Adverse events seen with resmetirom were similar across dose and placebo groups and there were "significant reductions" seen in liver fat, LDL-C, and ApoB.
Patients receiving the investigational drug resmetirom achieved significant and clinically relevant reductions in liver fat and atherogenic lipids according to new data from the phase 3 MAESTRO-NAFLD safety study.
According to a statement from Madrigal Pharmaceuticals, the 52-week double-blind placebo-controlled study in patients with presumed nonalcoholic fatty liver disease met primary endpoints, demonstrating resmetirom was safe and well-tolerated at both the 80 mg and top dose of 100 mg, and delivered positiving findings on key cardiometabolic secondary endpoints.
“This positive readout from MAESTRO-NAFLD-1 is a significant milestone for the field. As the first Phase 3 study in NASH that does not rely on liver biopsy to identify patients and measure treatment response, MAESTRO-NAFLD-1 will help accelerate the role of non-invasive imaging and biomarkers in NASH drug development," said MAESTRO principal investigator Stephen Harrison, MD, medical director for Pinnacle Clinical Research, San Antonio, Texas, and visiting professor of hepatologat at Oxford University.
Data "from the first of our two Phase III MAESTRO trials support our conviction that resmetirom has the potential to be the first medication approved for the treatment of patients with NASH and liver fibrosis," said Madrigal CEO Paul Friedman, in the statement." Resmetirom is a liver-directed, thyroid hormone receptor (THR)-β agonist designed to improve NASH by increasing hepatic fat metabolism and reducing lipotoxicity.
In MAESTRO-NAFLD-1, 972 patients were randomized in the double-blind arms of the study: 969 were included in the safety population (primary outcome) while 943 were included in the modified intent-to-treat (ITT) population, the latter arm desinged to evaluate key secondary endpoints. For inclusion patients were required to demonstrate 3 risk factors for metabolic syndrome, a level of liver fibrosis (measured by FibroScan) consistent with a range of stages of liver fibrosis, and liver fat ≥8% as measured by magnetic resonance imaging proton density fat-fraction (MRIPDFF).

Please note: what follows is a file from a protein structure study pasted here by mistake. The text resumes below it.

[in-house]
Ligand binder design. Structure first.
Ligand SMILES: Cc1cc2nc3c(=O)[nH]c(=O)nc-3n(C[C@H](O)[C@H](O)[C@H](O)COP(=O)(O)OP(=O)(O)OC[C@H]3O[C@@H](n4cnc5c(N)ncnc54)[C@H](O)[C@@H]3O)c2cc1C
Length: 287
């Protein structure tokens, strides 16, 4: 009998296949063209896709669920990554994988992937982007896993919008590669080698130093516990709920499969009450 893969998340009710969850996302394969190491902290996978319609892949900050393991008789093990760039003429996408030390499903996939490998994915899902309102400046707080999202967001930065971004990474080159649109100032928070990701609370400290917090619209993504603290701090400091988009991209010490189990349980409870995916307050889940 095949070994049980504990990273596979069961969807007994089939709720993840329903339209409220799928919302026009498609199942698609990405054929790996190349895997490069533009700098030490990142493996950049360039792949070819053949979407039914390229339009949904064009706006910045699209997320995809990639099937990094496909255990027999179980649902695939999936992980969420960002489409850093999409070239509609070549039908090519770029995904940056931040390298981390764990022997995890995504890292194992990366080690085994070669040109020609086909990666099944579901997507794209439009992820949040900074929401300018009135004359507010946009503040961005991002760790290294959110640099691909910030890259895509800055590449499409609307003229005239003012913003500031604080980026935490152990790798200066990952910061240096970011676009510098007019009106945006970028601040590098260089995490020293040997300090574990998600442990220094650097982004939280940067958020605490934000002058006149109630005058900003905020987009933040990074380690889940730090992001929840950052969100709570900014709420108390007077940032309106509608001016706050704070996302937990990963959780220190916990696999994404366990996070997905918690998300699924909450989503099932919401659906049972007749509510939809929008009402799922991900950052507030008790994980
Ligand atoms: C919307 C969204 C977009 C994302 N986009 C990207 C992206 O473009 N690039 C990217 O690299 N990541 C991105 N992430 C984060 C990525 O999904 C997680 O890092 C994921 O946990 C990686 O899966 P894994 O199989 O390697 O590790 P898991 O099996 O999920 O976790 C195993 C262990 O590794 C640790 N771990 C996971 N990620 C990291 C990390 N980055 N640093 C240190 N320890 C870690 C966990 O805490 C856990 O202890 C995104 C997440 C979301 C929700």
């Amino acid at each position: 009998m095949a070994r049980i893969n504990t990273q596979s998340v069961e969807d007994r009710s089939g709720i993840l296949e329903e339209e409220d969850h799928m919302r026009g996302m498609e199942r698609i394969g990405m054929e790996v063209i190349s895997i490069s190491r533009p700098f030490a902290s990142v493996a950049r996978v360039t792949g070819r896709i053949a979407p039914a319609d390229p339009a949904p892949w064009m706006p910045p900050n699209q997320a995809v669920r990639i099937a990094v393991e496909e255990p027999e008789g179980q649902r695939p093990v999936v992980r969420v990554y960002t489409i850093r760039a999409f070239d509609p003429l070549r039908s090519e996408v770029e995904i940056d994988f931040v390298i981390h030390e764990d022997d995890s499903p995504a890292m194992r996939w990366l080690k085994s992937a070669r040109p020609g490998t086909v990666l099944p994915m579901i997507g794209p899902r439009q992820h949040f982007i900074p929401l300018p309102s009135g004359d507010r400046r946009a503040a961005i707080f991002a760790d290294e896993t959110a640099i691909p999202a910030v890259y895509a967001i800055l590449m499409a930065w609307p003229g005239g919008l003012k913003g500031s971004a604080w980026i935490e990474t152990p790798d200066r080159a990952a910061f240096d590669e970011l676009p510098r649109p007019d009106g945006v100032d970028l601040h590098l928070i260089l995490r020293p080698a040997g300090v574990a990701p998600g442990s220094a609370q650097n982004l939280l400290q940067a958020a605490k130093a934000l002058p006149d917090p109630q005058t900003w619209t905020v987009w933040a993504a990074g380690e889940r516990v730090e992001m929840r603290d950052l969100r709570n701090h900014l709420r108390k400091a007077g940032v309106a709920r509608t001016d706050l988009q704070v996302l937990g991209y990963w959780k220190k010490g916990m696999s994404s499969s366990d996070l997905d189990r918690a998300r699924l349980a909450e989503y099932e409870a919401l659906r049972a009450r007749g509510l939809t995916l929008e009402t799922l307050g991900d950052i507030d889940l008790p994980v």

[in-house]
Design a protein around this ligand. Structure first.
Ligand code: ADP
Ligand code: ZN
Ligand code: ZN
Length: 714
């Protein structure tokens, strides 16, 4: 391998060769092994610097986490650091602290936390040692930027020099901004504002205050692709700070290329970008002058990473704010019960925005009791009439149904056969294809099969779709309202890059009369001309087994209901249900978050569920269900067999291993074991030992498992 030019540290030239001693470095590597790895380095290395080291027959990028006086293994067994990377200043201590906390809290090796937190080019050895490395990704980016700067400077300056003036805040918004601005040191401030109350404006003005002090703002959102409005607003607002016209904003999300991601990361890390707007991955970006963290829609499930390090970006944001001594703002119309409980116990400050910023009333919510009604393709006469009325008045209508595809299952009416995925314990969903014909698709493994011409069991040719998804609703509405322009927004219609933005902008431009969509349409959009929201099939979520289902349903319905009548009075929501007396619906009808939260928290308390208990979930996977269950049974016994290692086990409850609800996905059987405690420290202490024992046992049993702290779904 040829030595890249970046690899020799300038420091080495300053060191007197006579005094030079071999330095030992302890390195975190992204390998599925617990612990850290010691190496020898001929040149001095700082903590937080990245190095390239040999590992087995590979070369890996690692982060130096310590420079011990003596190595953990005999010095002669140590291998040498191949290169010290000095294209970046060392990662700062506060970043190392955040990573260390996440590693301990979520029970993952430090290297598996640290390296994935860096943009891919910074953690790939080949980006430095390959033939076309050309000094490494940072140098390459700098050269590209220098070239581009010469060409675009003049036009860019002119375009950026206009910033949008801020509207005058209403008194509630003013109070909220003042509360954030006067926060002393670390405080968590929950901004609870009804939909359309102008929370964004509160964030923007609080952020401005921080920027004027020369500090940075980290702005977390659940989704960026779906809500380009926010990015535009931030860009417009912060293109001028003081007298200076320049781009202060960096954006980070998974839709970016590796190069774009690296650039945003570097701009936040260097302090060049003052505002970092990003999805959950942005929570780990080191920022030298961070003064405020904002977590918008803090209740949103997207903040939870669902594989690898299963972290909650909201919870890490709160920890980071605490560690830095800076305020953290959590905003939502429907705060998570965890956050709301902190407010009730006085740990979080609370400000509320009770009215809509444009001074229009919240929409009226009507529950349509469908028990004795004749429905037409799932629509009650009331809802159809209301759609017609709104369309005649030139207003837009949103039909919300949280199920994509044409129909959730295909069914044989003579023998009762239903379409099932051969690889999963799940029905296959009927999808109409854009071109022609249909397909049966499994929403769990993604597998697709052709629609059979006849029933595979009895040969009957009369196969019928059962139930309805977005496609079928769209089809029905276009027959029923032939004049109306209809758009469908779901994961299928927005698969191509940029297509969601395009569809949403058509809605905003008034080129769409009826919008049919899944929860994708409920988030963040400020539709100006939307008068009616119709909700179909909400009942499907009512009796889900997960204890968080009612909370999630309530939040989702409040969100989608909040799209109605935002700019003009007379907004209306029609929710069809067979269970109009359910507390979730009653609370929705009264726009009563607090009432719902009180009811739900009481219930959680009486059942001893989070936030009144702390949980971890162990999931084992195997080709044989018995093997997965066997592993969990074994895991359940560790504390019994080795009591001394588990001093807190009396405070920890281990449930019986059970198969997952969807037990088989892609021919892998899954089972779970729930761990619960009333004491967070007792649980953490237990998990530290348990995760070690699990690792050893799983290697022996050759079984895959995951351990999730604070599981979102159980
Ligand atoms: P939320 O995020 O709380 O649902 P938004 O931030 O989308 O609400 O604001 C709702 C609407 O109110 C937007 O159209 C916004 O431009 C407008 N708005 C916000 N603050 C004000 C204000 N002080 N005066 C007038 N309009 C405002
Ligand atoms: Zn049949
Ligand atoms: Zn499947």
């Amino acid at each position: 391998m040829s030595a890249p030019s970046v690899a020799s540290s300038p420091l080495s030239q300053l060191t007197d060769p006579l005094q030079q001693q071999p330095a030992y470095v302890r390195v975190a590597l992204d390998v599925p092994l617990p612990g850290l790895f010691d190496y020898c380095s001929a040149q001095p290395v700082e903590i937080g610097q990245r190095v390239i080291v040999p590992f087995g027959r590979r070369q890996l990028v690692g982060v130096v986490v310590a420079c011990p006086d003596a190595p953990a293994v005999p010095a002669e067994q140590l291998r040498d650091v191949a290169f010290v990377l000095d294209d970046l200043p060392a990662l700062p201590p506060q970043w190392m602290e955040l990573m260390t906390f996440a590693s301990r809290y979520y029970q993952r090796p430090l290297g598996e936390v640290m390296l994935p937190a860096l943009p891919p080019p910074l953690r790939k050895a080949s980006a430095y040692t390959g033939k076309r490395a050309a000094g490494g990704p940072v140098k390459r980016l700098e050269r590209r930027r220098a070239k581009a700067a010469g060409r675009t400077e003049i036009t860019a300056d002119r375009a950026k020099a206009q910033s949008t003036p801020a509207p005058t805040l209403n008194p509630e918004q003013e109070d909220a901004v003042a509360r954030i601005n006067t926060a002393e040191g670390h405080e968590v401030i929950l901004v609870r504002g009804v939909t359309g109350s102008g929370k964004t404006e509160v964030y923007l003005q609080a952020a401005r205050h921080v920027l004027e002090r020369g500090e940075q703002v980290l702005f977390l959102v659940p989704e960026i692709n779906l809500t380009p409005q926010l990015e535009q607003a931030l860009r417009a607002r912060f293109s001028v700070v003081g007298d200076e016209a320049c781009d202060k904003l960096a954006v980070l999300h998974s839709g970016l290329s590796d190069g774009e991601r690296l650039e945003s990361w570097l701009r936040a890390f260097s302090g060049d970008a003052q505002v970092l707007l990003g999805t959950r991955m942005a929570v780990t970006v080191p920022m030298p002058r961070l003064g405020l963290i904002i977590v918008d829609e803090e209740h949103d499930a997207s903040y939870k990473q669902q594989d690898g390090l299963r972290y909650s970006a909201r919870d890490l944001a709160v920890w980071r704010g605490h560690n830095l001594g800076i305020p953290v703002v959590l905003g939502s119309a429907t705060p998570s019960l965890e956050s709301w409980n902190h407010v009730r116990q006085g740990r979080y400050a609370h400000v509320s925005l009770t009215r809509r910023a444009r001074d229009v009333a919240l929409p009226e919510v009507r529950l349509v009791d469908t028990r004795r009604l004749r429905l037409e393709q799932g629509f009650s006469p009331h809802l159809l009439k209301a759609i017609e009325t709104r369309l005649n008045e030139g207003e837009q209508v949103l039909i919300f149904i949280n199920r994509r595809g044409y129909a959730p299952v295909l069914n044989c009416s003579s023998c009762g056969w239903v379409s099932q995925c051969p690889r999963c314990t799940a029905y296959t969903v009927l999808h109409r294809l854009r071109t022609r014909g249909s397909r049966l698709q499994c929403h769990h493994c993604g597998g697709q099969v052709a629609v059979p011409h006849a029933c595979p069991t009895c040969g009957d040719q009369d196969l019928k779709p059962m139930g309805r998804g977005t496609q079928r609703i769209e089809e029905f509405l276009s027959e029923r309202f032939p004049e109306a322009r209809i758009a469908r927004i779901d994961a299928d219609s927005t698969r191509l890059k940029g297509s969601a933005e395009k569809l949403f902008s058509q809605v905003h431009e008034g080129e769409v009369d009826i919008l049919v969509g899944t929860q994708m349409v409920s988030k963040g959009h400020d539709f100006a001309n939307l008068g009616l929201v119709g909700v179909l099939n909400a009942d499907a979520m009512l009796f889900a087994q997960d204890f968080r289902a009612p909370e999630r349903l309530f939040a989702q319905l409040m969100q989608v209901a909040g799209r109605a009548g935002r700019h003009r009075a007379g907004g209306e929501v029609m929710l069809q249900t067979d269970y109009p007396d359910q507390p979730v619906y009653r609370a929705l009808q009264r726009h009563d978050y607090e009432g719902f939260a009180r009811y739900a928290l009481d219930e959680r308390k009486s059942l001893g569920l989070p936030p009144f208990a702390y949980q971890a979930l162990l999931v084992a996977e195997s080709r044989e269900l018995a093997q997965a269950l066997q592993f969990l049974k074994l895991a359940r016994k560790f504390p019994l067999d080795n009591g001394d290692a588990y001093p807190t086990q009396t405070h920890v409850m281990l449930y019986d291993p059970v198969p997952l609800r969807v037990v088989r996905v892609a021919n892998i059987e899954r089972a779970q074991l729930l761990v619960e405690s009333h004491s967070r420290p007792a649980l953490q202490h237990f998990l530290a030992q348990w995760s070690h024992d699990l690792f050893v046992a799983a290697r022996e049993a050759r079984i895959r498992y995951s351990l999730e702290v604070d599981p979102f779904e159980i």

Reporting on the primary outcome measure--serious adverse events (SAEs)--the company said frequency was similar across treatment arms over the 52-week study period. For treatment-emergent AEs (TEAEs) the rate of patients experiencing at least one ranged from 81.8% for placebo, to 88.4% in the 80mg resmetirom group. The rate of TEAEs greater/equal grade 3 also was
comparable across the 3 groups, the highest seen in those treated with placebo (9.1%) and the lowest among those treated with the 80mg active study drug. The overall discontinuation rate, according to the statement, was 2.17%.
Secondary endpoints were assessed in the 943-patient modified ITT group and were characterized by "significant reductions" from baseline in liver fat as well as a decline in levels of LDL-C, ApoB, and triglycerides.
Specifically, reduction on MRI-PDFF at week 16 for the 80mg dose group was -41% and for the 100 mg group, -48%, both p<.001, compared with -6% for patients receiving placebo. The results showed, moreover, that the 100mg dose was associated with a -14.4% decline in cholesterol and -16.6% drop in ApoB at week 24, also both p<.001. Observed declines in those measures for the 80mg dose group were somewhat less pronounced.
“These positive results from the first of our two Phase 3 MAESTRO trials support our conviction that resmetirom has the potential to be the first medication approved for the treatment of patients with NASH and liver fibrosis," said CEO Friedman. He added that these blinded and placebo-controlled findings reinforce phase 2 and open-label phase 3 safety data from an even larger study population followed for more than 1 year. Friedman further emphasized the imperative for rigorous safety evaluation in development of NASH medications because the potential population for treatment with an approved drug is so large.
"We see a safety and tolerability profile for resmetirom in this study of nearly one thousand patients treated for 52 weeks that, similar to earlier studies, leads to very low adverse event discontinuation rates. We look forward to presenting additional analyses of safety and efficacy data from MAESTRO-NAFLD-1 at future scientific congresses.”